Newspaper article St Louis Post-Dispatch (MO)

Wagner, Rubio Push Parental Leave Plans That Would Allow Parents to Tap Social Security Early

Newspaper article St Louis Post-Dispatch (MO)

Wagner, Rubio Push Parental Leave Plans That Would Allow Parents to Tap Social Security Early

Article excerpt

WASHINGTON - U.S. Rep. Ann Wagner said Thursday she hopes to get Democratic co-sponsors on legislation she is pushing to allow parents of newborns to take Social Security benefits early as paid family leave.

Wagner, R-Ballwin, and Sen. Marco Rubio, R-Fla., held a news conference here to tout separate bills they plan to introduce that would take slightly different approaches, but are centered around one philosophy: Social Security benefits should be available for new parents in exchange for either a delay in retirement benefits or slightly lower benefits at retirement long enough to make up the money taken earlier for paid family leave.

Rubio is building his bill around the former, Wagner the latter. But both said their goals were to provide relief, at no further cost to taxpayers or new mandates on employers, for the 85 percent of American workers who currently do not receive paid family leave from their employers without raising taxes or creating a new bureaucracy.

The United States is the only industrialized nation in the world without paid parental leave.

President Donald Trump and his daughter, Ivanka, have made it a priority, and both Rubio and Wagner said Thursday that was an important factor in their efforts to get legislation passed.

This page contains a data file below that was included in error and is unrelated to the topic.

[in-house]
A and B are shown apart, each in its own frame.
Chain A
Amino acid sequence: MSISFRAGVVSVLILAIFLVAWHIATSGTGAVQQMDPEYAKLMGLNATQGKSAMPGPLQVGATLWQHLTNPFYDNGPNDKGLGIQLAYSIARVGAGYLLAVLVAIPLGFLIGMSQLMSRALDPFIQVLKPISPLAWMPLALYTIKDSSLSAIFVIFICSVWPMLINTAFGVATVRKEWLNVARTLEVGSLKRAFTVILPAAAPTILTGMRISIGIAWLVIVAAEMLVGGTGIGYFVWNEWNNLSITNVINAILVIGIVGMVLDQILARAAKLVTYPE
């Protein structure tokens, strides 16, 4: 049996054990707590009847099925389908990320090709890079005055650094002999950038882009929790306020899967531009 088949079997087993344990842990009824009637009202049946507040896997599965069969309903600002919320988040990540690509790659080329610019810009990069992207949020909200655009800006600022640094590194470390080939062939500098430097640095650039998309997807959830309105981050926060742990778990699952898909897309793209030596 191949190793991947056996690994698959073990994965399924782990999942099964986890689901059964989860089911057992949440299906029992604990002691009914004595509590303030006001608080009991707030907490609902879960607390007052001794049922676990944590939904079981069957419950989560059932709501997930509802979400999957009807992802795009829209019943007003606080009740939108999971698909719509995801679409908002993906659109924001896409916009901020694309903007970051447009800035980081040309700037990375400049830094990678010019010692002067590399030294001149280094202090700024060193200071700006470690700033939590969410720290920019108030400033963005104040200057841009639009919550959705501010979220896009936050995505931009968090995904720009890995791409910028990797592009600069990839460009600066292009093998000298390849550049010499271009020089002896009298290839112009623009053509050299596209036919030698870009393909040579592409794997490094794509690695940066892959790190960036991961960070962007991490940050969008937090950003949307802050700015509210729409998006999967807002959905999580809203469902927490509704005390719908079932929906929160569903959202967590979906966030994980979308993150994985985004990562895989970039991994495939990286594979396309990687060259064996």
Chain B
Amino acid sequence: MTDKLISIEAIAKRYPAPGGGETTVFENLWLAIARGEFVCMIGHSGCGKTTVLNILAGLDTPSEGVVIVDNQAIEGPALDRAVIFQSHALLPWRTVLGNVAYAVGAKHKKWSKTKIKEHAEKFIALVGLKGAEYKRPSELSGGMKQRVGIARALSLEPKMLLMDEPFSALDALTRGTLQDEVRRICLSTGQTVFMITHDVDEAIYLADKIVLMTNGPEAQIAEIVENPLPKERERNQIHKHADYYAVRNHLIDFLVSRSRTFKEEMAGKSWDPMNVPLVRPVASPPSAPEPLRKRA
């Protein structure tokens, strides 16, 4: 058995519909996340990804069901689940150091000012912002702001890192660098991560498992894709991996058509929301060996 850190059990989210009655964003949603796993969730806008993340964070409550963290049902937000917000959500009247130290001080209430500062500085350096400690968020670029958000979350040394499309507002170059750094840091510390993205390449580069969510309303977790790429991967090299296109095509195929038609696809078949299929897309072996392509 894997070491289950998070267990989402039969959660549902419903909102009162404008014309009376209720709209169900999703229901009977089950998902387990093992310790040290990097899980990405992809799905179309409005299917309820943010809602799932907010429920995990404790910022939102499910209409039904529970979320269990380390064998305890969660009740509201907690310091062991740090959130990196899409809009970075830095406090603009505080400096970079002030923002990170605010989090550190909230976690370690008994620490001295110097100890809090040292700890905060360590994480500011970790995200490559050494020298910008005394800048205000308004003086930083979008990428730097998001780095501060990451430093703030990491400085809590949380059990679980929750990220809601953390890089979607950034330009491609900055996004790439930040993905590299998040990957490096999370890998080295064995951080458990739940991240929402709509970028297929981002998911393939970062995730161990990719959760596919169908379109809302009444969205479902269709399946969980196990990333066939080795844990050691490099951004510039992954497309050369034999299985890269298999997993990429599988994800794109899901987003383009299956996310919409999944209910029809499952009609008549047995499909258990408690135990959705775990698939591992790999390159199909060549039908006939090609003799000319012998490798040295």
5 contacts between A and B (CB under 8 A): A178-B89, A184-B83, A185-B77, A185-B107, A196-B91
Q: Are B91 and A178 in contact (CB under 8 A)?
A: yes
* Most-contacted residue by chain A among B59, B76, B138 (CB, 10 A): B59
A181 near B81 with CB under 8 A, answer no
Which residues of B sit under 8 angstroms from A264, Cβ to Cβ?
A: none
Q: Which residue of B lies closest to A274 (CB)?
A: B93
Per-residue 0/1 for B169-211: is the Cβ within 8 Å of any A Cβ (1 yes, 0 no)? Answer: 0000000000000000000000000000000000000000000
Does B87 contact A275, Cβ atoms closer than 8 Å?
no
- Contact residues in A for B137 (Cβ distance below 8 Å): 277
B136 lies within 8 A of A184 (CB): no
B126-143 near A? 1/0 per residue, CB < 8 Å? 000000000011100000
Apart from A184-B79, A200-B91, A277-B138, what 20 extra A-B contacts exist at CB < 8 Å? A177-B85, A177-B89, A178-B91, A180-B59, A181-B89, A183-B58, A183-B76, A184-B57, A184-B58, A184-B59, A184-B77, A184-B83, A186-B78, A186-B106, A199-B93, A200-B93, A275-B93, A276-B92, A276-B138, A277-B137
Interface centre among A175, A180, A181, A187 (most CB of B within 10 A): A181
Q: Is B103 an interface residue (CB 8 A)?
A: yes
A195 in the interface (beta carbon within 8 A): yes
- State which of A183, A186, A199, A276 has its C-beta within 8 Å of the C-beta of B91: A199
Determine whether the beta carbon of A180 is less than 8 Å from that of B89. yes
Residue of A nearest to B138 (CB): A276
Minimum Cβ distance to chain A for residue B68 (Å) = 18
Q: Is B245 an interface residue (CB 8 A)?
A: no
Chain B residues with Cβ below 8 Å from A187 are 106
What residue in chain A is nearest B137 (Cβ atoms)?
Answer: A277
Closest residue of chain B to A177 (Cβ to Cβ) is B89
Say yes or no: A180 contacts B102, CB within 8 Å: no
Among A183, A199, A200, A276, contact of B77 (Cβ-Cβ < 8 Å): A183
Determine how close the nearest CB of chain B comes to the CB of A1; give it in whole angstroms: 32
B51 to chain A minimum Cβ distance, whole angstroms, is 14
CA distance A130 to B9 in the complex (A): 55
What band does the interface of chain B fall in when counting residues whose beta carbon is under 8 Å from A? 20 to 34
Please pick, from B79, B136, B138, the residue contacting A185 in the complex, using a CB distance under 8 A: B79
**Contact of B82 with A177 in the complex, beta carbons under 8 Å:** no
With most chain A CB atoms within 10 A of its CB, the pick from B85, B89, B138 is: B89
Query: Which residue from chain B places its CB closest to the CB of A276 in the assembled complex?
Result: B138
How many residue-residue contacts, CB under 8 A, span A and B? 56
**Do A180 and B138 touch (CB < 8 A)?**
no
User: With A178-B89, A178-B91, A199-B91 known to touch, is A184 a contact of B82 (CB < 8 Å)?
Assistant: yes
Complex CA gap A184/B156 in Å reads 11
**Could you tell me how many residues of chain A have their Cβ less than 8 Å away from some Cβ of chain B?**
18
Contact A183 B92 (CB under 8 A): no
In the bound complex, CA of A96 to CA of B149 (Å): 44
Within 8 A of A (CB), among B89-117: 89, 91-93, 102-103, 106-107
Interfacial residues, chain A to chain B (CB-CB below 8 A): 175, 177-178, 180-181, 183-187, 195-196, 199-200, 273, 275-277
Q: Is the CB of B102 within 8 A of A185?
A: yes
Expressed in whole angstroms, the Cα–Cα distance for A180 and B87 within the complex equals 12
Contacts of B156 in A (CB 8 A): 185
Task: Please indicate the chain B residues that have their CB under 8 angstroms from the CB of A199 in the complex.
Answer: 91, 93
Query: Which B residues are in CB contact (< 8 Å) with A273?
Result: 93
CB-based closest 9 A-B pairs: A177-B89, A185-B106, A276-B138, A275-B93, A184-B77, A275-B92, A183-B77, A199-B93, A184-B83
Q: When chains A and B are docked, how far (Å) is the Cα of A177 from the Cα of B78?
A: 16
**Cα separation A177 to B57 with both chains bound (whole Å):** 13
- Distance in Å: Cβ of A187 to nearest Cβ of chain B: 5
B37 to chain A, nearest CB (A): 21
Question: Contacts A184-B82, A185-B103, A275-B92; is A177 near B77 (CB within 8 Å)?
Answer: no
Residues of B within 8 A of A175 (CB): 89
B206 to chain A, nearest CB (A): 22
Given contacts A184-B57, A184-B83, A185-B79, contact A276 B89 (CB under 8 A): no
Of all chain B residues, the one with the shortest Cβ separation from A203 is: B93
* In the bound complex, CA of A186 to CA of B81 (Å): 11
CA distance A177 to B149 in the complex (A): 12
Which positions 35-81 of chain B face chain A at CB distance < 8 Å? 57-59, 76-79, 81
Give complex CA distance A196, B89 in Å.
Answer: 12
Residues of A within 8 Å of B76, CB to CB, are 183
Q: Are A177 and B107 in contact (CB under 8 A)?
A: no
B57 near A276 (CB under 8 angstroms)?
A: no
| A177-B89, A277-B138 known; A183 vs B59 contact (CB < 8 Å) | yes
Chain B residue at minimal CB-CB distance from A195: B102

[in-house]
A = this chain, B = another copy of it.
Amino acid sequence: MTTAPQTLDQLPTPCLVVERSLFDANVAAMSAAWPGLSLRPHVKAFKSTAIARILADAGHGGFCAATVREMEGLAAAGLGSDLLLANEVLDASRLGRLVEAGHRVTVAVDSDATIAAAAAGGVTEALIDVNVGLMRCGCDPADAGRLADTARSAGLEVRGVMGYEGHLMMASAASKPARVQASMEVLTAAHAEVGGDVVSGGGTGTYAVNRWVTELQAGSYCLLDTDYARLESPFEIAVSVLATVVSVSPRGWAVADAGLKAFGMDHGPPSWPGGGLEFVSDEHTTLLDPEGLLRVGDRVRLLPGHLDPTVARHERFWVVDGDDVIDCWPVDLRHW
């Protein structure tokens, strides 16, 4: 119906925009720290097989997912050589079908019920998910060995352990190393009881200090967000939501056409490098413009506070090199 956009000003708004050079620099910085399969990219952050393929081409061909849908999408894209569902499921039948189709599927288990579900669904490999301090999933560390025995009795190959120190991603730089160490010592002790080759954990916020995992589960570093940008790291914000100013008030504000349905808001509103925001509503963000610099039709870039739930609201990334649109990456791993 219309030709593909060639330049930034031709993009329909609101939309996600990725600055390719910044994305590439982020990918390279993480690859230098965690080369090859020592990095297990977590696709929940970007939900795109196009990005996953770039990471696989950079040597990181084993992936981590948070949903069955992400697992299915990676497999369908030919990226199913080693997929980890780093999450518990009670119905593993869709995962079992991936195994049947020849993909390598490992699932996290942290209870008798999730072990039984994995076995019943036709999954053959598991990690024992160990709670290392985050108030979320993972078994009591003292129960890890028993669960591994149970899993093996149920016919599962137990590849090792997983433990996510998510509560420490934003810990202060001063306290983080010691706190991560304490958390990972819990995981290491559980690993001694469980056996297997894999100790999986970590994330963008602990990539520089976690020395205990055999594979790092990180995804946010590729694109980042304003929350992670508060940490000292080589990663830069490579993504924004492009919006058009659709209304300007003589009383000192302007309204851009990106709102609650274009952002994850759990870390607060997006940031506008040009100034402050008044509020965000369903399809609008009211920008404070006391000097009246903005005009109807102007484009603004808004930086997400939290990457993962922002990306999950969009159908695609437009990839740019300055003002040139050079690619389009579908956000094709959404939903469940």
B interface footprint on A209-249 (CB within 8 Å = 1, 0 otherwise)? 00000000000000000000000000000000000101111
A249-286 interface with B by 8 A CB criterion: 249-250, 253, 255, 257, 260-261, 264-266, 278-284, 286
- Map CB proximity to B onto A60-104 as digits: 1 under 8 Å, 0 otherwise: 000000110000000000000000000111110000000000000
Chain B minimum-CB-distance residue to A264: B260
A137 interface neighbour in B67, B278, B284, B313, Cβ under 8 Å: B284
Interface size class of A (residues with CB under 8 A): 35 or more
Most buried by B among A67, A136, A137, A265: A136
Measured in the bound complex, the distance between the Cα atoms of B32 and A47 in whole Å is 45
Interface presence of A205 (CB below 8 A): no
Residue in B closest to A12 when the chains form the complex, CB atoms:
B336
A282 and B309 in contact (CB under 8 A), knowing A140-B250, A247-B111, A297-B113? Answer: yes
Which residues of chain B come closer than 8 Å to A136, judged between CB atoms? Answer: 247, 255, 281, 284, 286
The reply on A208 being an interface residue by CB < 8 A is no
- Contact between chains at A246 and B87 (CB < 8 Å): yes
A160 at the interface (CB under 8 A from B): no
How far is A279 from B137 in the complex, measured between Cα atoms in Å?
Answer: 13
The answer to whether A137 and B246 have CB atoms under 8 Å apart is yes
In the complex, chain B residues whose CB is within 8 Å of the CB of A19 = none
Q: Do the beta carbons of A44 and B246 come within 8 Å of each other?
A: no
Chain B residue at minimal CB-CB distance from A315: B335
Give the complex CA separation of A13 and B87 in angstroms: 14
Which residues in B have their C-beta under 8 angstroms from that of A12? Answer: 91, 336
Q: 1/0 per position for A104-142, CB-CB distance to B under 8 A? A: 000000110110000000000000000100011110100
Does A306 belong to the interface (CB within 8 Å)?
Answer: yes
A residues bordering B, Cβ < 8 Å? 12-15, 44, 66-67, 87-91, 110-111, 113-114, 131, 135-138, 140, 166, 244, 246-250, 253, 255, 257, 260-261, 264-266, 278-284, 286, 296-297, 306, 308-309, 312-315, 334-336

"The White House is very much interested in the legislation that we have going forward," Wagner said.

The proposal has sparked opposition from the right, with the libertarian Cato Institute calling it a well-intentioned plan that puts government more, not less, involved in family decisions.

And it comes in a year in which tax cuts given to American corporations and individuals by the GOP-controlled Congress have done little to reduce the percentage of Americans without paid parental leave.

One study this year said that only 13 percent of the corporate tax cuts were actually going to workers in bonuses, higher wages and other benefits, with $171 billion going into stock buybacks by companies, a process which economists have said is one reason for a record-high stock market. …

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